Tag Archives: sad

We Said Goodbye


AsĀ  you probably already know, Papa passed away one week ago yesterday. It was an incredibly difficult, sad and emotional time for me and my family, and I wanted to thank everyone for their kind words, prayers and messages over the past weeks.

I’m glad that I was able to spend his last days with him, comforting him, praying for him and loving on him. Papa was the original man in my life – I’ve never met my father, so he was my main male role model growing up – and I will miss him terribly. However, I am very grateful for the fact that he is no longer hurting, sick or suffering – he’s been dealing with advanced kidney, lung and heart disease for a very long time now, and I know the fight exhausted him.

I was able to write something for his funeral that was read beautifully by my Aunt Darla. I’m so glad she was willing and able to do so – because there’s no way I was going to be able to do that! The funeral also had a great photo slideshow from my Aunt Kami, which elicited a lot of laughs – just the way he would have wanted it :)

Expectations > Reality


On Tuesday, Chad was eager to get out of the house (I’d worked from home for two days and he was off work) and suggested we go out for dinner. Being the loving wife that I am, I graciously agreed :)

He asked me what I was in the mood for, and I said “a cheeseburger.” (Where was Lindsay when I needed her?!) We decided to try out Big Orange, a new burger place that opened in the Promenade. (Yes, I realize “new” is likely no longer accurate – but we hadn’t had the time/hunger pains to go there yet.)

The burgers being delivered to the tables around us all looked delicious, and I was excited to try my BBQ burger (with onion straws). Too bad it was NOT good. The BBQ sauce was gross, the meat was flavorless and it was just all around NOT enjoyable. Which really made me sad – I’d heard such great things about this place! Our fries were even lukewarm (you could tell they’d been sitting out for a while) – and you had to pay extra for fries, which should be a crime! The only saving grace of this trip was the dulce de leche milkshake that we split at the end – since I hadn’t eaten much of my burger, it totally hit the spot.

I don’t think I’ll be visiting this place again – I know there are WAY better burgers out there!!

Book Review: Two Kisses for Maddy


First of all, if you are pregnant, DO NOT READ THIS BOOK!!! Seriously.

Two Kisses for Maddy is one of the most honest, heart wrenching books I have ever read. It’s a true story, told from the perspective of a father whose wife passed away 27 hours after giving birth to their first child. I laughed so hard I cried, and I sobbed alongside the father as he recounted losing his wife before she even got to hold her baby girl.

The book starts out as the love story of Matt and Liz. They met the summer before they both went off to college (he in Minnesota and she in Los Angeles), but decided to give the long distance thing a try. After 4 years of cross-country flights and phone conversations, she accepted a business consulting job in LA while he went to Grad School in Chicago (the LDR continued). After his graduation (and 6 years of LD dating), Matt moved to LA to be with Liz. She stayed in her cushy job (she was a raging over achiever and was quickly climbing the corporate ladder) and he took a job with Yahoo. Both jobs required extensive travel (he was in India for 6 months, she was in Connecticut Monday-Friday), so they STILL weren’t together much (sound familiar??).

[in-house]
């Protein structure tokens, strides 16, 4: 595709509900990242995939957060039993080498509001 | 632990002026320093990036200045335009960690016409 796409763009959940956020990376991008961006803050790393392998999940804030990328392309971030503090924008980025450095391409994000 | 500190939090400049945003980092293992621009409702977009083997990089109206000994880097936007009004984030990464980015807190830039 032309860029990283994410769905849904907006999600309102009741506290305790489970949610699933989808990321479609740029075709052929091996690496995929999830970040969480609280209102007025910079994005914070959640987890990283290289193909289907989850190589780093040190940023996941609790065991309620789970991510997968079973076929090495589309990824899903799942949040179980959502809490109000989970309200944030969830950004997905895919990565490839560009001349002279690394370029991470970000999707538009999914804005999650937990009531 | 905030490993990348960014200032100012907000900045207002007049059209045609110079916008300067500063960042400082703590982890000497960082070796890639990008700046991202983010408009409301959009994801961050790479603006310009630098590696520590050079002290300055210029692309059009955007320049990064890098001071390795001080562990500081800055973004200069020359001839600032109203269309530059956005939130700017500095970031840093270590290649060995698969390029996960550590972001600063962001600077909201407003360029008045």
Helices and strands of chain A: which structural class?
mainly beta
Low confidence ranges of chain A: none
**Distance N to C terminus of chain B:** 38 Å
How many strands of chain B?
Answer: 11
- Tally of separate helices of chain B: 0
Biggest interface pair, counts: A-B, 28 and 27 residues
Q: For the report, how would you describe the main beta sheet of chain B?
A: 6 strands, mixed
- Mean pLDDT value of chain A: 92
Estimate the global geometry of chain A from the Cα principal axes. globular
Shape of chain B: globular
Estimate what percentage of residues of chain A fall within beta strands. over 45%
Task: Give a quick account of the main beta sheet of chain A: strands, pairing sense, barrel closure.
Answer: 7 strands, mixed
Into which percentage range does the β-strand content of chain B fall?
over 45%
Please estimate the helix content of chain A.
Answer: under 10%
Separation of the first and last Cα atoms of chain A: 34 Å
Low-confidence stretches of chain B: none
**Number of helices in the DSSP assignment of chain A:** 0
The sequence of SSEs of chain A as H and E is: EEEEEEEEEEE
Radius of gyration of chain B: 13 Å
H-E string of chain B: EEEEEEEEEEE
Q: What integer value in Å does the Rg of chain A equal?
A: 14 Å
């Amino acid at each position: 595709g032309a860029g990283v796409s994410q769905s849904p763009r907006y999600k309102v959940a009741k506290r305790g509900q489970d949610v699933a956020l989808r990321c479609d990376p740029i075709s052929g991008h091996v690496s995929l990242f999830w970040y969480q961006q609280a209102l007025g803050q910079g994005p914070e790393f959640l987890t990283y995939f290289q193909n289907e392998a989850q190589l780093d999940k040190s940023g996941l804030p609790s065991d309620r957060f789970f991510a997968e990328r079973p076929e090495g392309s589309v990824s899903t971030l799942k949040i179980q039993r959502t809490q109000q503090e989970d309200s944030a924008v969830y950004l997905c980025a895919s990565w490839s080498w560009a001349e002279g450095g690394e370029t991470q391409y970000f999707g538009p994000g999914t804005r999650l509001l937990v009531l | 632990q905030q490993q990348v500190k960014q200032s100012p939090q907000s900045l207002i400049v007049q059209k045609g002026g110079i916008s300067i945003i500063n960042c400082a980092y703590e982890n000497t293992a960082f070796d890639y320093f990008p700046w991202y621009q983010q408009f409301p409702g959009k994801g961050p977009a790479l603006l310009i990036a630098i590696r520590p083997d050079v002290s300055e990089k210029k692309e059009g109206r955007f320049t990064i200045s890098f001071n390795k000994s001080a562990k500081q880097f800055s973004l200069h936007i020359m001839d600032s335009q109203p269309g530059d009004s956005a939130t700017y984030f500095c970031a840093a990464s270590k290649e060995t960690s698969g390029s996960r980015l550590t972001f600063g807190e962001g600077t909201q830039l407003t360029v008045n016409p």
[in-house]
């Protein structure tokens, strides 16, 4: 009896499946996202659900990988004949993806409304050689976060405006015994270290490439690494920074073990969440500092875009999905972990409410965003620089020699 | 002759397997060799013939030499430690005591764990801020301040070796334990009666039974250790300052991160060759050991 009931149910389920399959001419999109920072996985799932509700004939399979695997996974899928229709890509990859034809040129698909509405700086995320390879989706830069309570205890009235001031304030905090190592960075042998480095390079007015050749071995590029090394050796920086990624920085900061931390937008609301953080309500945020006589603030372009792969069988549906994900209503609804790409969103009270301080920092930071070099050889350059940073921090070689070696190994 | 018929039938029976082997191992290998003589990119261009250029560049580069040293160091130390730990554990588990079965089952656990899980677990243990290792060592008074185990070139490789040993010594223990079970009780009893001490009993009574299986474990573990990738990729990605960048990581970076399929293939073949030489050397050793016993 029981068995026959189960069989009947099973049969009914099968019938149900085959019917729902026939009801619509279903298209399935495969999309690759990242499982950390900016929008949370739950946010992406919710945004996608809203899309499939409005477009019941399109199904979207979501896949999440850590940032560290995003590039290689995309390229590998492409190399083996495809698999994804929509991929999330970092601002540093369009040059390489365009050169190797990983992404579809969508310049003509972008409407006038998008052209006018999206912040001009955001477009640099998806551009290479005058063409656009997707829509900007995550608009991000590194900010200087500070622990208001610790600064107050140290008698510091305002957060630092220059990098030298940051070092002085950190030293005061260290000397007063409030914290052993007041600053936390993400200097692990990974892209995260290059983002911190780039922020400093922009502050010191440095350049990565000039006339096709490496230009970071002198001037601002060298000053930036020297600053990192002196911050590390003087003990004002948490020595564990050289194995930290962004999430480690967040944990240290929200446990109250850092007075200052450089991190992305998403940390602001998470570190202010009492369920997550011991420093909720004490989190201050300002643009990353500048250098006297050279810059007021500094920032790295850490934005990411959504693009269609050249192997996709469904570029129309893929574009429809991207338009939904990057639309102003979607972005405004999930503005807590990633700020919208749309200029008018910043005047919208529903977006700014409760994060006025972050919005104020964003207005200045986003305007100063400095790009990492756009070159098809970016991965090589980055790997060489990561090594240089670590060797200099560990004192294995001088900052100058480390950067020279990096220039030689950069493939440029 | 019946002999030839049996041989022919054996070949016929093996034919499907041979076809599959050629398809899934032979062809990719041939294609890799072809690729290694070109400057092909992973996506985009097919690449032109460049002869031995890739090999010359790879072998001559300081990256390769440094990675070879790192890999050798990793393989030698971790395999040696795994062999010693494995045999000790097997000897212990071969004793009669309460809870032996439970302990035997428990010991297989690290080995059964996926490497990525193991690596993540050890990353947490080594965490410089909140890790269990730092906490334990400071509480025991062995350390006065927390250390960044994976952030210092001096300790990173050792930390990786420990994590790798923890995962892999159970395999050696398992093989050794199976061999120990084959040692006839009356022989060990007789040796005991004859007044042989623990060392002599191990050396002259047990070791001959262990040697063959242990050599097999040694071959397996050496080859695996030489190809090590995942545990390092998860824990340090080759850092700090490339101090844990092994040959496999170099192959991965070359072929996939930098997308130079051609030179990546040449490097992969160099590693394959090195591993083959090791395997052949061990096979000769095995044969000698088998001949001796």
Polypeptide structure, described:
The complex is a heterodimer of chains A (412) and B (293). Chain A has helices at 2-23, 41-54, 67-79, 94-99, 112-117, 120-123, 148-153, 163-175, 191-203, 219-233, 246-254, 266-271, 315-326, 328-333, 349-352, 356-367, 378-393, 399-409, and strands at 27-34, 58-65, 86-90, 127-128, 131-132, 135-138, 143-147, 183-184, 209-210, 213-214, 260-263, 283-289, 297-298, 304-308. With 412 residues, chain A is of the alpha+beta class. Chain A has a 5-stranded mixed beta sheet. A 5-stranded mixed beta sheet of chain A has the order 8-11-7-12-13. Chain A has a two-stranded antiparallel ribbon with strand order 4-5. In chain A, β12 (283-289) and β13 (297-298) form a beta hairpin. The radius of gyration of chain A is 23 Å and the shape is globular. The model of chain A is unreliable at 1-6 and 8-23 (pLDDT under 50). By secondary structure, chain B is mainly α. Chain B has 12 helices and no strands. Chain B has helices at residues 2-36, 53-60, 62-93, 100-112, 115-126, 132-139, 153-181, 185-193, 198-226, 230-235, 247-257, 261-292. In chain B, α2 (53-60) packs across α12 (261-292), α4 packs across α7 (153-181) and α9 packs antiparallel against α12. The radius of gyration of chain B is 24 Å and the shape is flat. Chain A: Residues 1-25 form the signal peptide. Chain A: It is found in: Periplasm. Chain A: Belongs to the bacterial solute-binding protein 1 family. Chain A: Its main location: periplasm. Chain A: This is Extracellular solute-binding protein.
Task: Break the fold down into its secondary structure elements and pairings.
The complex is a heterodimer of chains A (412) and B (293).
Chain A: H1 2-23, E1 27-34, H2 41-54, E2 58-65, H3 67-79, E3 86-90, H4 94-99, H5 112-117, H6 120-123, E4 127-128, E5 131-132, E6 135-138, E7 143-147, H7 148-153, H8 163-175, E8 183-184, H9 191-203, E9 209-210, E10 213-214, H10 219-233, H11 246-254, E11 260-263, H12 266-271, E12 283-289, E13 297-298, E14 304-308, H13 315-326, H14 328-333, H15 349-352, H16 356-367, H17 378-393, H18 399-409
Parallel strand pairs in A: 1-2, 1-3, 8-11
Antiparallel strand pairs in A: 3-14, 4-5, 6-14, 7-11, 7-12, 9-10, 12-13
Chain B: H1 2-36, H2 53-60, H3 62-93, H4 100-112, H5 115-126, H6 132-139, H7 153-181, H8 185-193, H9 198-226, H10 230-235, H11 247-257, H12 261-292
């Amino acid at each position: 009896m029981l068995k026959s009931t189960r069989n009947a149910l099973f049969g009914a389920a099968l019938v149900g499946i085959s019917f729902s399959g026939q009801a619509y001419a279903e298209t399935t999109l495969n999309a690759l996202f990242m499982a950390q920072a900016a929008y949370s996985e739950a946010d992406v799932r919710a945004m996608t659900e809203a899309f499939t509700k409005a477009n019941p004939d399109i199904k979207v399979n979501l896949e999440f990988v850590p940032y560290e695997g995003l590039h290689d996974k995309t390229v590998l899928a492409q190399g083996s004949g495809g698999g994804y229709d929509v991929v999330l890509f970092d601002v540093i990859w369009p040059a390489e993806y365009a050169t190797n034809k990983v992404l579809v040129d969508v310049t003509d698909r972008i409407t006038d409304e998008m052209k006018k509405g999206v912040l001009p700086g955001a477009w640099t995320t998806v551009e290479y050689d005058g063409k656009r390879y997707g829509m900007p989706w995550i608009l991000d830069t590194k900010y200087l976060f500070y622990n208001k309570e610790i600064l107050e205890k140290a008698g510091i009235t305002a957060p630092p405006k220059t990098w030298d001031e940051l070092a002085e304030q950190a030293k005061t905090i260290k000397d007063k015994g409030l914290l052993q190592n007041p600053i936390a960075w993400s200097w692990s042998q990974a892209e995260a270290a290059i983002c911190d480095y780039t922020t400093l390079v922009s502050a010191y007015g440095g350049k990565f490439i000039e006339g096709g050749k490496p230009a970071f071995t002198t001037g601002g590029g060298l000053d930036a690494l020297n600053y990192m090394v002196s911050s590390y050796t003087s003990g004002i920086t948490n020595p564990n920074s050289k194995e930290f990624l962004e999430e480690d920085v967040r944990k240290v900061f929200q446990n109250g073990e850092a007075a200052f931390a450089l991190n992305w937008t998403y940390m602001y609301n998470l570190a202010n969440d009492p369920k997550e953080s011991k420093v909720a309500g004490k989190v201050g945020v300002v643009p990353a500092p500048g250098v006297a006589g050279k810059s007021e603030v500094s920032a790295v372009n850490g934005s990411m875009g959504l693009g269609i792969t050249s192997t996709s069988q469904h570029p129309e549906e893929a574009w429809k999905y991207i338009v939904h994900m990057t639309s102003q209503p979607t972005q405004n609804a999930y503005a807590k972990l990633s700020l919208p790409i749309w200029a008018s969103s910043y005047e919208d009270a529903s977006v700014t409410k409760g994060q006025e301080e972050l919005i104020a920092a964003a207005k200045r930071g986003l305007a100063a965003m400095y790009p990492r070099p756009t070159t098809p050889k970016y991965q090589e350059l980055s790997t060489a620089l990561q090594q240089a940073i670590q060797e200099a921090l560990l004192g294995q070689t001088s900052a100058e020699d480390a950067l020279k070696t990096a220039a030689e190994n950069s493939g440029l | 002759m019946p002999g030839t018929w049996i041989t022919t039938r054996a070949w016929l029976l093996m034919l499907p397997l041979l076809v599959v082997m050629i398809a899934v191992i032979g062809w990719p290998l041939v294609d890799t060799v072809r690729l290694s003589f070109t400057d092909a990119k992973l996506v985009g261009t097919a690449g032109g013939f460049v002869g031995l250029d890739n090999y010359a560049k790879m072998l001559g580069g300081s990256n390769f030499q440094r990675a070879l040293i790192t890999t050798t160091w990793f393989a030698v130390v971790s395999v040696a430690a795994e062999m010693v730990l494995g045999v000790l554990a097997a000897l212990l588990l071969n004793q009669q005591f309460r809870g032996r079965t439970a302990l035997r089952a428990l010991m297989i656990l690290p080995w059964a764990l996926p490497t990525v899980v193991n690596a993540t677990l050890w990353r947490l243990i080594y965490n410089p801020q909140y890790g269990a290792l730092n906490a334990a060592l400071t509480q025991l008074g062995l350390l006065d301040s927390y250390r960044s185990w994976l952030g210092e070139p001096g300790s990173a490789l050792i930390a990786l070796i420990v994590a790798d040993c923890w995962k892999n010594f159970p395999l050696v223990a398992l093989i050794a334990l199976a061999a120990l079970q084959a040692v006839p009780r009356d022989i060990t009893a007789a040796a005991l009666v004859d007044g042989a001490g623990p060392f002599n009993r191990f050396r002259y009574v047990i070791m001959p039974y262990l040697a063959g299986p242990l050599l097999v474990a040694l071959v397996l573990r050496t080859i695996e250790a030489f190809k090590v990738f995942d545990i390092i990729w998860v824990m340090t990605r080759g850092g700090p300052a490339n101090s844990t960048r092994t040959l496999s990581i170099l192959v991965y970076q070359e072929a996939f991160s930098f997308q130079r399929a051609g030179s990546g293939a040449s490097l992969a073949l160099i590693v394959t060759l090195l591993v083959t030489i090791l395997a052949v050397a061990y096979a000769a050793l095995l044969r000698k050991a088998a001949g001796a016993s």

During all of this, they are world travelers (my dream!). They got married, honeymooned in Greece, and visited half a dozen countries that I can think of off the top of my head – probably more. And then they bought a house. And they Liz got pregnant. They really were living the dream.

After a few months, Liz’s pregnancy issues caused her to go on bedrest for the duration of her pregnancy. When the baby’s heart rate went dangerously low, the doctors made the decision to perform a C-section, 7 weeks early. Maddy was born a beautiful, healthy girl, but had to spend 24 hours in the NICU for observation. Mom was wheeled into recovery where she slept and rested until it was time to visit Maddy.

Finally, the 24 hours passed (and then 3 more, since mom was still sleeping). Because she’d been on bedrest for months, the nurses made Liz walk three laps around the hospital room before she could be taken to the NICU. She did it and then made her way to the wheelchair – but 1 foot before she got there, she hit the ground, unresponsive. We later learn that a blood clot in Liz’s leg, likely caused from having not stood for months, traveled to her lungs and led to her sudden and unexpected death.

Matt’s account of those moments is so vivid, you feel as if you are there, experiencing it alongside him. His agony and anguish are palpable, as are his fear and anger. He’s now left to be a single father to his newborn daughter (and he describes himself as a hipster – unmotivated, dirty and utterly irresponsible). Maddy was her mother’s biggest dream, and this was Matt’s biggest nightmare.

The book then goes on to show what Matt’s life looked like during his first year with Maddy. Liz’s funerals, trips to see family members, the inability to get out of bed (if it weren’t for Maddy), international trips, holidays and anniversaries (wedding, birth, death) – each are painful, yet make Matt a little bit stronger.

I mean it when I say this was an absolutely AMAZING read. I’m so glad I’m not pregnant, because it would have given me a serious complex about birthing my child. I would definitely recommend this book to any non-pregnant woman out there.